Brainstorming the Evolution of Space Amid C19

MariaHOLT News

HOLT’s Healthcare, Higher Ed, Housing & Commercial Design architects were put in a virtual room to share industry specific knowledge & generate collective ideas vital to solving the issue at hand.

Eight architects (& one engineer) virtually analyzed the re-opening challenge — and we captured their insights to share, not just for us, but for our entire community to feel more comfortable & connected around reopening.

We designed our office to support collaboration with an open studio, impromptu break-out spaces, and conference rooms holding up to 30 people. Now, with COVID-19, how do we evolve our office to support our workforce?

how do we evolve the office right now? 

We have to approach this as Architects, Business Owners & Problem Solvers

 

What can we do on a small scale that will have a big impact? What is our budget? Should we be thinking short or long-term? What will work now & still be important & unobtrusive in the future?

What we know

Quay Thompson talks about implementing & adapting based on everything that we know – 1: The Touch Component, 2: Proximity & 3: Duration. We need to come up tools to create the new office based on this.

1: Touch

Wash your hands, don’t touch your face, wipe down surfaces. These universal phrases are now ingrained in our daily lives. How can we support and uphold this in our own office?

2: Proximity

People should stay six feet from one another to mitigate spreading the virus. Proper space planning, circulation, and signage that gives cues to what six feet looks like in the office environment can help uphold this. Using outdoor space more effectively can also help.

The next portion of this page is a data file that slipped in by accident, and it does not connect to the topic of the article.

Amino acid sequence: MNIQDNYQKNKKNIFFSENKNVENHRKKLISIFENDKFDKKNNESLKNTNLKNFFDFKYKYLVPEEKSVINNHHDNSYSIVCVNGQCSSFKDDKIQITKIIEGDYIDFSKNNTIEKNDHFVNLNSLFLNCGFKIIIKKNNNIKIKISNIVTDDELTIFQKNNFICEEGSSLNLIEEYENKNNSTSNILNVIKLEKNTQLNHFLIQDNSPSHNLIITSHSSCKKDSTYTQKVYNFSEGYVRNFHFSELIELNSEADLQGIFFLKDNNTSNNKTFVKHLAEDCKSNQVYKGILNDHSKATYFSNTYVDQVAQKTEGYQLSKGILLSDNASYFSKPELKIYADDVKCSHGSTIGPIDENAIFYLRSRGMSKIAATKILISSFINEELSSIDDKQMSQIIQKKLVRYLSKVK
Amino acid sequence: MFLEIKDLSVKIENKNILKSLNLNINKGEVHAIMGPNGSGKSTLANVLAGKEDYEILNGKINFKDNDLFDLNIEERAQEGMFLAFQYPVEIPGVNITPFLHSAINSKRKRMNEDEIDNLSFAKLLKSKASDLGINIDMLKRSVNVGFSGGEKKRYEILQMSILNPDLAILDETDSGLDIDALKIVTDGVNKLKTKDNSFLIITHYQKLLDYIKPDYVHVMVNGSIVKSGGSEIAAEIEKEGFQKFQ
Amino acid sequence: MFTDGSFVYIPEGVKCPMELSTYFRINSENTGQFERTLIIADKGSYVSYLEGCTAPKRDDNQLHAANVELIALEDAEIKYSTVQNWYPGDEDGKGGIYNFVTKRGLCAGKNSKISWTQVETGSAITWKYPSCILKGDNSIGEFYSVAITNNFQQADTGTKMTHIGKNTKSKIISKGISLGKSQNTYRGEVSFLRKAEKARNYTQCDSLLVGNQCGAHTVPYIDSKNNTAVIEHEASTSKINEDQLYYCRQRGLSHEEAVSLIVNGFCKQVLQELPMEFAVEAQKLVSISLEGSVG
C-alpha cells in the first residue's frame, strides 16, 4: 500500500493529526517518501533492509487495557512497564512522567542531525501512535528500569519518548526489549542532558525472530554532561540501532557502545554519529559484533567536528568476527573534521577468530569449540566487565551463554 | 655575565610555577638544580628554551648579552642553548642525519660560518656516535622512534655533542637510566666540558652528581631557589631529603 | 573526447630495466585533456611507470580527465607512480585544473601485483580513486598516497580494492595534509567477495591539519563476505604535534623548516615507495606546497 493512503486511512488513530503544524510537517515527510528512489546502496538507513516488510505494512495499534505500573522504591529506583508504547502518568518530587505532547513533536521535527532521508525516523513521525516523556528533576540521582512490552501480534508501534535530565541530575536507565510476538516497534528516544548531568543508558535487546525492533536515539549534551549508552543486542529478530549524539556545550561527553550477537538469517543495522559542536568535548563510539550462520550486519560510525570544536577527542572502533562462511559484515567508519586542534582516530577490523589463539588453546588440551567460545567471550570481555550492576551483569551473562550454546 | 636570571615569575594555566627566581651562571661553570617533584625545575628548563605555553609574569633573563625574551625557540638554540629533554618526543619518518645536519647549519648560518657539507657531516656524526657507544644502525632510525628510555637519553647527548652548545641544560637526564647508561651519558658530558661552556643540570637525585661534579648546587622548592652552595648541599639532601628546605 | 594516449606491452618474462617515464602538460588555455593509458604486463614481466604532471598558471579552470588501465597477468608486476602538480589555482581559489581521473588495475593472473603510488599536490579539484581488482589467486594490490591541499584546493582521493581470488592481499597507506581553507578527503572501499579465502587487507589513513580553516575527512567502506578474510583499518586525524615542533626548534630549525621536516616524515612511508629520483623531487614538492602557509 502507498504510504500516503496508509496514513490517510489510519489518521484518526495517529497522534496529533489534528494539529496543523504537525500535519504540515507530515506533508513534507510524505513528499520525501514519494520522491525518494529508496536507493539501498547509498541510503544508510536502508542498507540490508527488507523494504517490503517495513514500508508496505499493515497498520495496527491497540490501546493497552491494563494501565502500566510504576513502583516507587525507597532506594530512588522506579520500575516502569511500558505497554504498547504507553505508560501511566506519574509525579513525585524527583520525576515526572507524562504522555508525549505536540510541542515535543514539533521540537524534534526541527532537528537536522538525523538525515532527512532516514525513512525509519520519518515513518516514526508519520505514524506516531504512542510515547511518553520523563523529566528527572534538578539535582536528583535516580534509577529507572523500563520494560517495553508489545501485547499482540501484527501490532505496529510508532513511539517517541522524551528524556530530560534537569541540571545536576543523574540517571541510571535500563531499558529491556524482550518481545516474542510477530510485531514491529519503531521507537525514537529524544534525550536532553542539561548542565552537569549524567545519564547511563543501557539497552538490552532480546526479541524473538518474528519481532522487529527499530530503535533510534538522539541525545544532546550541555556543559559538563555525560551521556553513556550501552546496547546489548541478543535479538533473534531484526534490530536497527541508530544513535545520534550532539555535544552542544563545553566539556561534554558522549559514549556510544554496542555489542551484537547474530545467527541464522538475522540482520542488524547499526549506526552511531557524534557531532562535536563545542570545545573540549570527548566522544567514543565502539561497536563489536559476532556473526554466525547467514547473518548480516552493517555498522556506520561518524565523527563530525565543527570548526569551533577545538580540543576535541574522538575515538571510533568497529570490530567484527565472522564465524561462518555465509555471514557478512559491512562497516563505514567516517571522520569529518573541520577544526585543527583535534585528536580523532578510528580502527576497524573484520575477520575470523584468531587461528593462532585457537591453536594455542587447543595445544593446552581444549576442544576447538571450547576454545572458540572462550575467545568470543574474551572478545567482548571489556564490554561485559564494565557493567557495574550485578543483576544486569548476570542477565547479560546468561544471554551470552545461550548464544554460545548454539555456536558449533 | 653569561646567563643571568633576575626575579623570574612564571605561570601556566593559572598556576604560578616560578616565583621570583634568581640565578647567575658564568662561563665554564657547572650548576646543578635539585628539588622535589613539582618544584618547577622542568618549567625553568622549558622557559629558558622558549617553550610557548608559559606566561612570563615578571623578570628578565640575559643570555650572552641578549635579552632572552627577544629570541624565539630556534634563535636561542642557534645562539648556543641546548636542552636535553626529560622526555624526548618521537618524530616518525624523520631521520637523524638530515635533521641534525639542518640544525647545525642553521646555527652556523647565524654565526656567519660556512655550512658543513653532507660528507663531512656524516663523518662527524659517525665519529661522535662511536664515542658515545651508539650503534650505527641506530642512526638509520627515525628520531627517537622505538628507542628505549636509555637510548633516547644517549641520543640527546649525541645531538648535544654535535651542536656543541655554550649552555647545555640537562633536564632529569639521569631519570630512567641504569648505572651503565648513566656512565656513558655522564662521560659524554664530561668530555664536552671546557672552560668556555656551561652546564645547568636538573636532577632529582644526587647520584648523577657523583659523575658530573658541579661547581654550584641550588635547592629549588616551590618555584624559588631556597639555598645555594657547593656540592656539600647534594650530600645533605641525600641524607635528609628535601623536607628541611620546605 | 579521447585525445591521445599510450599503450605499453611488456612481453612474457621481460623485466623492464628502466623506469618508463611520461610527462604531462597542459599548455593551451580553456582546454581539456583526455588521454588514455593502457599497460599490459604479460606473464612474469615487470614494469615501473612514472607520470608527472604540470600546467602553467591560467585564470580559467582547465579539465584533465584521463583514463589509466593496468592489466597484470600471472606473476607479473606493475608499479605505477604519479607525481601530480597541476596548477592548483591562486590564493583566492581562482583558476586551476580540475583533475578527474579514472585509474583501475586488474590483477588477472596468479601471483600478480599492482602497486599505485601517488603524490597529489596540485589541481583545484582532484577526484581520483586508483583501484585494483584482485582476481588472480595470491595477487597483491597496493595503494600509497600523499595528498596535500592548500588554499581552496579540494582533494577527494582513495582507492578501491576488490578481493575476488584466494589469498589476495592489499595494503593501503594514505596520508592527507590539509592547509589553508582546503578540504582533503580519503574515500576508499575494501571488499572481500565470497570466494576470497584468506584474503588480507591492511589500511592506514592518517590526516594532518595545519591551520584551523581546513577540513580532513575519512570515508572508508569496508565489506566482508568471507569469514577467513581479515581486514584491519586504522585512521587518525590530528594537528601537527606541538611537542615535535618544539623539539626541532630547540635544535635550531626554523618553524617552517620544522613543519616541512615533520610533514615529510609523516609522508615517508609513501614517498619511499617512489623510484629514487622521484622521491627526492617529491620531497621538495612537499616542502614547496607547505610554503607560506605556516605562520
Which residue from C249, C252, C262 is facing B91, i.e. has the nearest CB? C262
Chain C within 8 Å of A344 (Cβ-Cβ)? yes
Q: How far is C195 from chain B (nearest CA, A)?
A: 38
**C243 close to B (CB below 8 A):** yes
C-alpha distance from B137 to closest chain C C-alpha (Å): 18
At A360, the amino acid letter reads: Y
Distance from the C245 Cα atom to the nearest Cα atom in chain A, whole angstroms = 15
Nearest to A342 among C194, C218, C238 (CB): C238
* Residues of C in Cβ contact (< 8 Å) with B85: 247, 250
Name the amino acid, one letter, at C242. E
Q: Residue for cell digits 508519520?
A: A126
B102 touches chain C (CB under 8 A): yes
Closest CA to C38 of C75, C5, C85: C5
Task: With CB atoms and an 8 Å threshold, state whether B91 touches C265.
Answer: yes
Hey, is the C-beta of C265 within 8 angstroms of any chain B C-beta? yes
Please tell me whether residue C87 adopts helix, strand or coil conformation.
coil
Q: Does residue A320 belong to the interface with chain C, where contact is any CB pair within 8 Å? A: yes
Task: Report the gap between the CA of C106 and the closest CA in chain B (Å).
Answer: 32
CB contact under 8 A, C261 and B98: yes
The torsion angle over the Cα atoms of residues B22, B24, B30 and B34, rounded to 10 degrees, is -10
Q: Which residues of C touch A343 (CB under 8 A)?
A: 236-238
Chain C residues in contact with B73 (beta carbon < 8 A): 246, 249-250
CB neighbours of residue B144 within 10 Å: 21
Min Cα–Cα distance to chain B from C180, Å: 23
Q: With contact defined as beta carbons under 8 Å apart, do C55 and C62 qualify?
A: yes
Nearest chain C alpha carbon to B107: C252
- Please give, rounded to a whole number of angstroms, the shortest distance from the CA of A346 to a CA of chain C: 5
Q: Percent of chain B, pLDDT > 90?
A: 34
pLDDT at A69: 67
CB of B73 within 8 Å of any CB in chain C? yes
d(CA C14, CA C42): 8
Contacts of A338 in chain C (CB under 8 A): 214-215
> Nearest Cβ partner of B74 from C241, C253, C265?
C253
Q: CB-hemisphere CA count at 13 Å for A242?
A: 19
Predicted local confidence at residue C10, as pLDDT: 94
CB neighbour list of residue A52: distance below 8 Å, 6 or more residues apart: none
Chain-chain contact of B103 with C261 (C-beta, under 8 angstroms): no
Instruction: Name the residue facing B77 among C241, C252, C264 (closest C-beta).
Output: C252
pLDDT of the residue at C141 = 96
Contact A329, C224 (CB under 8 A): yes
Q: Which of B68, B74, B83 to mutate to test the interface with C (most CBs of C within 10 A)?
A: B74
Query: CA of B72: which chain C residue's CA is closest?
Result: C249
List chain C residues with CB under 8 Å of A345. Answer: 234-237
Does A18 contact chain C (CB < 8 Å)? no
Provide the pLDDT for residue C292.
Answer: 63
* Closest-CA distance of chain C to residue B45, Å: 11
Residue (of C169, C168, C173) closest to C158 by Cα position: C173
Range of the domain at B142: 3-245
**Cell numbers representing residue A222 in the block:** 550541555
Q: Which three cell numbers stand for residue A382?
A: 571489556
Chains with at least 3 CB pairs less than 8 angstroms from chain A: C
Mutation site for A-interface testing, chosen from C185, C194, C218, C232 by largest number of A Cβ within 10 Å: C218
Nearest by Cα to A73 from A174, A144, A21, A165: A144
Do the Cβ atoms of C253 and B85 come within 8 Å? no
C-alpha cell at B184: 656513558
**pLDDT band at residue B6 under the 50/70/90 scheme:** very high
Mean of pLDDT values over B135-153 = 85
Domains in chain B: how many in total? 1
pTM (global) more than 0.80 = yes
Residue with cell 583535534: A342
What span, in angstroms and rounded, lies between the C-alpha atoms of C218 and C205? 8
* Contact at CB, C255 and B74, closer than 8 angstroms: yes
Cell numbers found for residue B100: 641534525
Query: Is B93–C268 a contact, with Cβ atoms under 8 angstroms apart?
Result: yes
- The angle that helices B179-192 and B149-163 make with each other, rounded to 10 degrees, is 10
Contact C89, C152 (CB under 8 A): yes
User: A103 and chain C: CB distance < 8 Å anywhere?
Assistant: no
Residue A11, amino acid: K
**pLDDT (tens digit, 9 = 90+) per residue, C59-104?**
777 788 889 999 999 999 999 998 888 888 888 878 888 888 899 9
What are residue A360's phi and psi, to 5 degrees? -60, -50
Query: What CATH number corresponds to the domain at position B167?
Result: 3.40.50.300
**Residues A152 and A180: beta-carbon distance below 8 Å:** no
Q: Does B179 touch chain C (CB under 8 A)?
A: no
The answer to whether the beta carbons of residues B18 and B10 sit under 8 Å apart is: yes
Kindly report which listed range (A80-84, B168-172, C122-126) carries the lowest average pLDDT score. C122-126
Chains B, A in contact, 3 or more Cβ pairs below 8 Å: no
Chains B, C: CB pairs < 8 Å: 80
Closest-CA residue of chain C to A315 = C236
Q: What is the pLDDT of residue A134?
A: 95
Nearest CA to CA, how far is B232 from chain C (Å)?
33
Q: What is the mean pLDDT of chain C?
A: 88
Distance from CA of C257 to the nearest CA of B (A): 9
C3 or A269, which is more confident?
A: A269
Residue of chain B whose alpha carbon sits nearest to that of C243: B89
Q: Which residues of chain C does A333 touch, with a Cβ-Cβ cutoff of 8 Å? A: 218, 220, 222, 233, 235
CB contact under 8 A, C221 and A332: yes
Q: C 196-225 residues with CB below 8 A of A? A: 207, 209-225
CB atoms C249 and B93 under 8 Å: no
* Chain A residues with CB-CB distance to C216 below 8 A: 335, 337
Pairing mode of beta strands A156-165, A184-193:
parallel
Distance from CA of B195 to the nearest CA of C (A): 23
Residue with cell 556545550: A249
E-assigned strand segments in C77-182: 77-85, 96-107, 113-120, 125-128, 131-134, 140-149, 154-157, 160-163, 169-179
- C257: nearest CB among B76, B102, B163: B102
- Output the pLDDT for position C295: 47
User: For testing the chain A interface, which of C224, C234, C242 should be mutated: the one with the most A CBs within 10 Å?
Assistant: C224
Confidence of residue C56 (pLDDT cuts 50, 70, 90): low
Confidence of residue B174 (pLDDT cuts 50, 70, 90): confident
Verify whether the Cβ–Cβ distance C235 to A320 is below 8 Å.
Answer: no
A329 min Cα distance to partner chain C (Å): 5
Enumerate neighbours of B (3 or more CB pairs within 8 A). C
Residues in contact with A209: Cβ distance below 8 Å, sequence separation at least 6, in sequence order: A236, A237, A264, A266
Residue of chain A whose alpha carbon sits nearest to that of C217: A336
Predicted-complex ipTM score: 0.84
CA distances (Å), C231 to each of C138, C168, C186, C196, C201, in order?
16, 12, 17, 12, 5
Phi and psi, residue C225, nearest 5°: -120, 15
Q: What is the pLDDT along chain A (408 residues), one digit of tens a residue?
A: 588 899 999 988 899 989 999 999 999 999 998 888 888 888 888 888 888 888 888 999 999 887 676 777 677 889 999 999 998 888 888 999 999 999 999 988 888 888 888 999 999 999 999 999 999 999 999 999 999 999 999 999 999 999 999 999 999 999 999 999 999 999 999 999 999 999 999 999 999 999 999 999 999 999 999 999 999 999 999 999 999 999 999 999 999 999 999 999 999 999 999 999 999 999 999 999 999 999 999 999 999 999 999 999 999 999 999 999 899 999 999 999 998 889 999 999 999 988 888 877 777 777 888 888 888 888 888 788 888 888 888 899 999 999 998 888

Using outdoor space more effectively can also help – this Slate.com article thinks parking lots are a great place to start, and if the weather isn’t cooperating, how about using one of these cool pods?

3: Duration

Slate.com’s April 22, 2020 article “Get Out” is one of the many sources that discusses the transmission of COVID-19 indoors. Will employees feel safe spending a full work-day with one another? Can we adopt air flow practices from healthcare, manufacturing, or laboratory design & use it in the office?

What can we adopt from designing healthcare, manufacturing & laboratory facilities? 

Steve Hugo is thinking about Computational Fluid Dynamic (CFD) Modeling to look at the way respiratory droplets from a cough or a sneeze move through space. CFD models are used primary for studying the spread of smoke when designing buildings, but we are going to use it to analyze our existing space. Stay tuned for more!

The office provides much more than physical space

Company Culture

The office provides much more to us than physical space. It exemplifies our brand, supports our mission, inspires our employees, aids in engagement, and helps boost morale. It is what drives people and cannot be lost. The move back into the physical workspace must be as positive an experience as possible for everyone. Could we all make a commitment to uphold safe practices, even when we are away from the office? To be honest and understanding, to know that everyone is different and has their own measurements about what keeps them mentally engaged and happy? The challenge now is embracing all of these changes without losing the critical elements that make us who we are – and for HOLT that is collaboration, camaraderie, trust and respect.

On a recent survey, over 82% of HOLT’s employees stated that they wanted to return to the office – either on a part-time basis or other.